FiringSquad: Hi Abbie, could you tell us about StarForce the company? When was it founded, and how did the company get the idea to develop driver-level copy protection?
Abbie Sommer: StarForce was founded in 1998. Complete story about the company can be found here: http://www.star-force.com/index.phtml?category=8&type=5. The development team and parent company is based in Moscow. We have offices in Beijing China and in San Francisco California, as well as representatives stationed all over the world. If you have specific questions, please ask.
About drivers, the technology built into StarForce to prevent reverse engineering and anti-emulation has been around since the beginning, installing drivers is part of the technology. StarForce has many different products that can be configured in different ways. It is up to the publisher to choose a configuration with or without drivers depending on the level of protection he prefers.
FiringSquad: What advantages does a driver-level copy protection utility offer over other methods of copy protection?
Abbie Sommer: The drivers are what prevents the use of kernel debugger utilities such as SoftICE, Cool Debugger, Soft Snoop etc. Also the drivers prevent emulators from spoofing a drive, and thwart burning tools such as Alcohol 120%. StarForce implementation requires no physical modification of the disc, or the equipment that molds the discs, so this method is a clear advantage to publishers because it gives them the flexibility to use just about any plant they wish. This is a limitation of some of our competitors’ products, which require not only special hardware, but also expensive software add-ons for test and diagnostic equipment.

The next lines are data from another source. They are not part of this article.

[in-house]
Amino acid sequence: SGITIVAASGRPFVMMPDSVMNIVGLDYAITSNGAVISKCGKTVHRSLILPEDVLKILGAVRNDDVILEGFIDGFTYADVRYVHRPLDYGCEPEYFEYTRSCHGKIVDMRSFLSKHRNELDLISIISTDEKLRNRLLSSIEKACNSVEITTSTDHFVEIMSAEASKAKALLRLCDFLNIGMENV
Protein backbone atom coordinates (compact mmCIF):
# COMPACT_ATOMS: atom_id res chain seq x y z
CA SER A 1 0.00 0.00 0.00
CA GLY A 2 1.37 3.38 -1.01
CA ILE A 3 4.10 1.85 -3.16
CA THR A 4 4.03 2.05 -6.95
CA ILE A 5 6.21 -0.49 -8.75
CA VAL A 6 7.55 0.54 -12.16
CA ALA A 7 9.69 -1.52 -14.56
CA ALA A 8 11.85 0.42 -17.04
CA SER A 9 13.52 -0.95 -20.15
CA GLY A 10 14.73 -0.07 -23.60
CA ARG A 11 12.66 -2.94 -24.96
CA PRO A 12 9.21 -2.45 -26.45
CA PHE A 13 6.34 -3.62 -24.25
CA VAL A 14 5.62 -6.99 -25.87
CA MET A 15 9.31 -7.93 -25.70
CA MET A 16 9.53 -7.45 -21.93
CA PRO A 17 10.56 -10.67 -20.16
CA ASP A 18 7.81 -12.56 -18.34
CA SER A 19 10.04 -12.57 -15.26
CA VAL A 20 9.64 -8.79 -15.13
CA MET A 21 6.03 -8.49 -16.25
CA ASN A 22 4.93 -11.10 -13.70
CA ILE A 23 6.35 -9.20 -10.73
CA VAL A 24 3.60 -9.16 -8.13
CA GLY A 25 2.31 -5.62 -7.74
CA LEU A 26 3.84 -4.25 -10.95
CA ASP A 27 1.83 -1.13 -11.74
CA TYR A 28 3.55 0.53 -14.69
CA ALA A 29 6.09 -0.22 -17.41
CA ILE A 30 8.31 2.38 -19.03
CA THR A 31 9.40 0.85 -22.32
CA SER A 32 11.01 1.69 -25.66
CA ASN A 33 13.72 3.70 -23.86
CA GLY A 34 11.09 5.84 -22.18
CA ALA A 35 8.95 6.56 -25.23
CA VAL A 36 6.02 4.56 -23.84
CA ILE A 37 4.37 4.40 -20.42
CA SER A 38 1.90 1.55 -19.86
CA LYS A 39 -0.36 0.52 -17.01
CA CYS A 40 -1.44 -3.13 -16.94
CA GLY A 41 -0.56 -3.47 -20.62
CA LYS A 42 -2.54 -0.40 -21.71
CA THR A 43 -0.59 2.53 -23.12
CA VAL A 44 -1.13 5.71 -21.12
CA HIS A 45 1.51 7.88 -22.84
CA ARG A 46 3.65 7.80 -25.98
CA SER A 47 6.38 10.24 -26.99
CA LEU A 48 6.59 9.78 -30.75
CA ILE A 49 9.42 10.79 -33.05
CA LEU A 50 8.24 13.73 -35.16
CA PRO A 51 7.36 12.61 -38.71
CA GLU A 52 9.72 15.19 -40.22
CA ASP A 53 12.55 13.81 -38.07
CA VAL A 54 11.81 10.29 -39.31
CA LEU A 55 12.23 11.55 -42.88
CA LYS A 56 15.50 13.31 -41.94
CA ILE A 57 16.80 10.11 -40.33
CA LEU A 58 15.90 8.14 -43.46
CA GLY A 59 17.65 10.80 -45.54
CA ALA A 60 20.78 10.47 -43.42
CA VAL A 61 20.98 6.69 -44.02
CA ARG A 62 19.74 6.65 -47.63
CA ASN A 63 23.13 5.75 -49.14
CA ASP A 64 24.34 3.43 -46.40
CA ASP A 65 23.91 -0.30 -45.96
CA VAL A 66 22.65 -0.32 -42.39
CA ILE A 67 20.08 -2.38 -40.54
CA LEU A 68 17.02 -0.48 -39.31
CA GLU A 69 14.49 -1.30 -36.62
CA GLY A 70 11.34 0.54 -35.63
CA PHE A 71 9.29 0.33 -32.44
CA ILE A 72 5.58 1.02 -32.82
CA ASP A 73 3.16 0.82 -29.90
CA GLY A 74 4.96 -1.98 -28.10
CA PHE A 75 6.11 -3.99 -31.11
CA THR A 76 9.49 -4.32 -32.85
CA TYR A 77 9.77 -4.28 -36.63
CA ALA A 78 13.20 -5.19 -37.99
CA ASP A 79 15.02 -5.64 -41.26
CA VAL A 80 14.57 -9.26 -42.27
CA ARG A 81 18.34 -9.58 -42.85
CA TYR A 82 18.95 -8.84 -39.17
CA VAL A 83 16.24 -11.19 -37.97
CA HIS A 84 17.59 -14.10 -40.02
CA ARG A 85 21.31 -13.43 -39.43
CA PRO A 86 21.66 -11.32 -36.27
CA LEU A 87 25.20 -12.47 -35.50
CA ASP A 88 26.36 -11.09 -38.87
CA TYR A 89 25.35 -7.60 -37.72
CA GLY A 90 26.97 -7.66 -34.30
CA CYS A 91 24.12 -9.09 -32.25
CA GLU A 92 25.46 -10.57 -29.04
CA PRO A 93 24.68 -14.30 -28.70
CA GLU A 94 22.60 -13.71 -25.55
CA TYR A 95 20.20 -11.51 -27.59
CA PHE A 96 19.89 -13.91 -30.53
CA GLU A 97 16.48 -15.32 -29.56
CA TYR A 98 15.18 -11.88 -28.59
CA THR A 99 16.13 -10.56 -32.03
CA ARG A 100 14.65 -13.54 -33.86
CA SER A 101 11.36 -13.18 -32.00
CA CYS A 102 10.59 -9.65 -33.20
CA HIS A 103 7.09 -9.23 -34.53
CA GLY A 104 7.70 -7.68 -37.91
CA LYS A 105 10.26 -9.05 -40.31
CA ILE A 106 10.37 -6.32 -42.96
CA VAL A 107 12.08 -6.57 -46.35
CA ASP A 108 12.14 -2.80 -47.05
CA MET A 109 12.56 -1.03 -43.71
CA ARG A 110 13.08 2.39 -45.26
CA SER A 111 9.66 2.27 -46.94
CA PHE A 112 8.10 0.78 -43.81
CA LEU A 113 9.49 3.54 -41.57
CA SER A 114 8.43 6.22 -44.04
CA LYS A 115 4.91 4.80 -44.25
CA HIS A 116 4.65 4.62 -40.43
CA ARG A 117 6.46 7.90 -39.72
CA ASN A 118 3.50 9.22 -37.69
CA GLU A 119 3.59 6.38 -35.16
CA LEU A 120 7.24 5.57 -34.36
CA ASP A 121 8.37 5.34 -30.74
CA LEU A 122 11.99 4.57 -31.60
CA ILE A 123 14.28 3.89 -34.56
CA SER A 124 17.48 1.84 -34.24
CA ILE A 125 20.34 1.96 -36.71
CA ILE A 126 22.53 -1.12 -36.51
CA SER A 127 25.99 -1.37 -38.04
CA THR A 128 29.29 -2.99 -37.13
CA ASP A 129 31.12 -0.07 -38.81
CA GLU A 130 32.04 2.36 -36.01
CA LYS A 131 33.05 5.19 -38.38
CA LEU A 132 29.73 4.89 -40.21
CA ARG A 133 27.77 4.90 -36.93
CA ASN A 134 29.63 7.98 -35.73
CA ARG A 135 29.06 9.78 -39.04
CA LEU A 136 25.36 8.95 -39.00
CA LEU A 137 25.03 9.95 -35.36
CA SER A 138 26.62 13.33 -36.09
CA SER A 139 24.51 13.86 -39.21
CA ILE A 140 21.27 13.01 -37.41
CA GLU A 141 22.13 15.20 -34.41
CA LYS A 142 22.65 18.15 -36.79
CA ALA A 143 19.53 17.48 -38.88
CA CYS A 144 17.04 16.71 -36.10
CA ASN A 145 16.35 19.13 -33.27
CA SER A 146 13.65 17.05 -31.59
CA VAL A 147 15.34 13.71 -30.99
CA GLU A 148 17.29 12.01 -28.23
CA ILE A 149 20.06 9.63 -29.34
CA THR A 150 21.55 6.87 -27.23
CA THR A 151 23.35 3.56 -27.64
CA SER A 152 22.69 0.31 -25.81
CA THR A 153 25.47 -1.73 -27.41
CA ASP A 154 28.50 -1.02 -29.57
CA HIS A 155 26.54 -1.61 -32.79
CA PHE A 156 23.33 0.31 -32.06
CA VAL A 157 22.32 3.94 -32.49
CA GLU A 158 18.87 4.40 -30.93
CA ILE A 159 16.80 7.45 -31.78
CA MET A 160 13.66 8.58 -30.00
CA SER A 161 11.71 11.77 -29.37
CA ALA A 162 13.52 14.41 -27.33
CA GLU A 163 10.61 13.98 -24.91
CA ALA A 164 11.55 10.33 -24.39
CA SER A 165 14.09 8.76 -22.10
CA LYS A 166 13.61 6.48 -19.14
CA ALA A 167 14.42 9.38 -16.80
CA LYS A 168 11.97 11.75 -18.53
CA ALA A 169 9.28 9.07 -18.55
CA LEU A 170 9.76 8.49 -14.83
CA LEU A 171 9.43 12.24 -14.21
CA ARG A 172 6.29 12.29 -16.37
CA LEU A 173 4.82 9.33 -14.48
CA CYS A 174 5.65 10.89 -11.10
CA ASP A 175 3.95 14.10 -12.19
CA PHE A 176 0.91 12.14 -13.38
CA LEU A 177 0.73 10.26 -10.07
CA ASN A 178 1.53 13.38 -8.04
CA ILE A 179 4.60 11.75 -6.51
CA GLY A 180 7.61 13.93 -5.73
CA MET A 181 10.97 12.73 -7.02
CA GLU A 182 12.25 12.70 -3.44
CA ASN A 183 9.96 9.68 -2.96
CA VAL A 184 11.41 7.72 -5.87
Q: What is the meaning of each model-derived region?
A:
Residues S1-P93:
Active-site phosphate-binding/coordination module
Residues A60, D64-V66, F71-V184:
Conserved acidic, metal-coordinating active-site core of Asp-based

FiringSquad: How is StarForce more effective than some of your competitors, and what does it do to remain effective?
Abbie Sommer: We are more effective because it is harder for crackers to reverse engineer StarForce protected games. We have a proven track record of games that have been on the market and still not cracked. If the most advanced features of our system have been used it takes a lot of a cracker’s time to churn out that crack. Plus some of the cracks are so big, very few will bother to go through the pain to get them to work, e.g. would you want to sit through a 500 mb download and have to sort out thousands of files? To remain effective, we constantly monitor the crack sites and when a game is cracked we study it and modify our code if needed, small fixes are often done weekly and major fixes perhaps monthly. It depends on the circumstances.